On July 8, a man charged with drunk driving crashed into a Waco, Texas couple's home, smashing through the front and severely damaging their home. While the incident is terrible in its own right, it's gotten bigger publicity due to the fact that the home was renovated on the hit TV show "Fixer Upper." It also sparked some backlash, as the couple told reporters that it tops off a year of crime in the neighborhood.
Ken and Kelly Downs were sleeping when Allen Wayne Miller drove his Hyundai Accent into their home, but were thankfully not hurt. However, they are understandably frustrated, doubly so given that this incident is a symptom of much bigger problems.
“It’s like the Wild West here. There’s been a lot of commotion coming from the bars and the store across the street,” Kelly told the Waco-Tribune Herald. “It’s been a problem from the beginning. We’ve lived here a year and a half and we feel deceived by the city of Waco and Magnolia Realty.”
The nearby bars and hotspots, originally a draw for the couple, have turned out to be a source of ire and they've had to complain to the police multiple times of suspicious activity in the area. In short, the move hasn't been as much of the new start they hoped it would be. After this wreck, they are suspicious as to why they were even shown property in this area to begin with.
The couple's home was featured on Season 3, Episode 12 of HGTV's "Fixer Upper" and was known as the "Three Little Pigs" house. Originally, they loved the renovation concept show hosts and Magnolia Real Estate owners Chip and Joanna Gaines proposed, but after moving in they began experiencing problems. At this point, the Gaines nor HGTV has made any statements responding to the crash or the accusations.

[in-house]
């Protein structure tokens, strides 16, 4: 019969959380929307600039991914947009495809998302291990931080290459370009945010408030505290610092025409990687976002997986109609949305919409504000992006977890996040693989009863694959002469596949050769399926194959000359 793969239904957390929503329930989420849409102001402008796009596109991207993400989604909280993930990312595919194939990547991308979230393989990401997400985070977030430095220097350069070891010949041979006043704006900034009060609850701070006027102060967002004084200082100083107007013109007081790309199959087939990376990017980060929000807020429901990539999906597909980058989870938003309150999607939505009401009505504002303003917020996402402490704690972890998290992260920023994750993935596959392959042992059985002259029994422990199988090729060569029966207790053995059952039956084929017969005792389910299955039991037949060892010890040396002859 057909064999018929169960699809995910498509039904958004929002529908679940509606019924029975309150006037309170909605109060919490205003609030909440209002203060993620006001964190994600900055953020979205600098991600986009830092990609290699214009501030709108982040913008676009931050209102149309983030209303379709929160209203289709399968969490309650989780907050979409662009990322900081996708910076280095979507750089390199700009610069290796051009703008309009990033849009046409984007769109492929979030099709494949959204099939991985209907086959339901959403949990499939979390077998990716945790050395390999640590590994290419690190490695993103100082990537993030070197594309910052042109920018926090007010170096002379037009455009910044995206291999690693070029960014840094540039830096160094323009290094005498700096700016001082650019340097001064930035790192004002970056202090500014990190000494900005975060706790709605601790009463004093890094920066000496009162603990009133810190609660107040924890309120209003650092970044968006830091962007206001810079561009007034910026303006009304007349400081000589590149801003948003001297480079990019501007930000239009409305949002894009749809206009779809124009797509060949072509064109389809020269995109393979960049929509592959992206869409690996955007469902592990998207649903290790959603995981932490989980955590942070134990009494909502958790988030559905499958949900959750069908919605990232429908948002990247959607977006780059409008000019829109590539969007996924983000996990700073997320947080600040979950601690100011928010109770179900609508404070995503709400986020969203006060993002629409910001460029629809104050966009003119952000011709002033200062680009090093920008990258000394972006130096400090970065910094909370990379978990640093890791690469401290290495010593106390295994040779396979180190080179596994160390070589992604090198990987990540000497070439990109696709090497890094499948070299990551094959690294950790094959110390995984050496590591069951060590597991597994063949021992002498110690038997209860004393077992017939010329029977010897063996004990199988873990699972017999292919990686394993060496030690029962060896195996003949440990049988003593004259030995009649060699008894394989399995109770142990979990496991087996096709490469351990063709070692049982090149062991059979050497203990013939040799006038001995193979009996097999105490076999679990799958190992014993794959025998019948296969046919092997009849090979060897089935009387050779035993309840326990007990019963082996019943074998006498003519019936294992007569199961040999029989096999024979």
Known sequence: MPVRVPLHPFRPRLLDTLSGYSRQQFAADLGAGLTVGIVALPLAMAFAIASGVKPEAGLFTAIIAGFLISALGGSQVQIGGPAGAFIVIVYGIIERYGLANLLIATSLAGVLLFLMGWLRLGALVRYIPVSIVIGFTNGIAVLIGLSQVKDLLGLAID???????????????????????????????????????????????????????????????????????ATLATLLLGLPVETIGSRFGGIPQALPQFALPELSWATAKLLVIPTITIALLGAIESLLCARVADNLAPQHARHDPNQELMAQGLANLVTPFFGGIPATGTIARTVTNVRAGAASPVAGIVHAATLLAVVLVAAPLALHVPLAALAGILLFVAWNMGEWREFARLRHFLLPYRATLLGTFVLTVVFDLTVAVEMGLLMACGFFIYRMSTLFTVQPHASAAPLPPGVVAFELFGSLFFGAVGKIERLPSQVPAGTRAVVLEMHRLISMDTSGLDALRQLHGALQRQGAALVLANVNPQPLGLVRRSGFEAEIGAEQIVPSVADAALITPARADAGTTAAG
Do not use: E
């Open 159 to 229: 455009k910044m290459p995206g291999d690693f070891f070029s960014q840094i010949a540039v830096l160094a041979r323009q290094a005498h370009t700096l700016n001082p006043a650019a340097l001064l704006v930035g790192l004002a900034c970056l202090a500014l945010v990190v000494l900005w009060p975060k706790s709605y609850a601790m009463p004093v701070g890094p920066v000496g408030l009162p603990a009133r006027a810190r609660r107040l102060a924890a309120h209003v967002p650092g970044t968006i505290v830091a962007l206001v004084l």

"Fixer Upper" is credited with helping to boost the economy in parts of Waco, but the Downses have experienced a darker side to that story. When they moved in other locals expressed annoyance, even outright hostility, as to what that could mean for the neighborhood. Just as the popular TV show has acquired a reputation for good, it also gets a bad rap for making areas unaffordable for residents.
"We have been intimidated and harassed," Kelly said. "People have complained about their taxes going up because we moved here. Store owners have complained about taxes."
The couple aren't sure if it's worth it to put in more time and money to fix their destroyed house and to keep trying to make a home out of a neighborhood that isn't welcoming to them. The accident may just have been the push they needed to search for more agreeable pastures.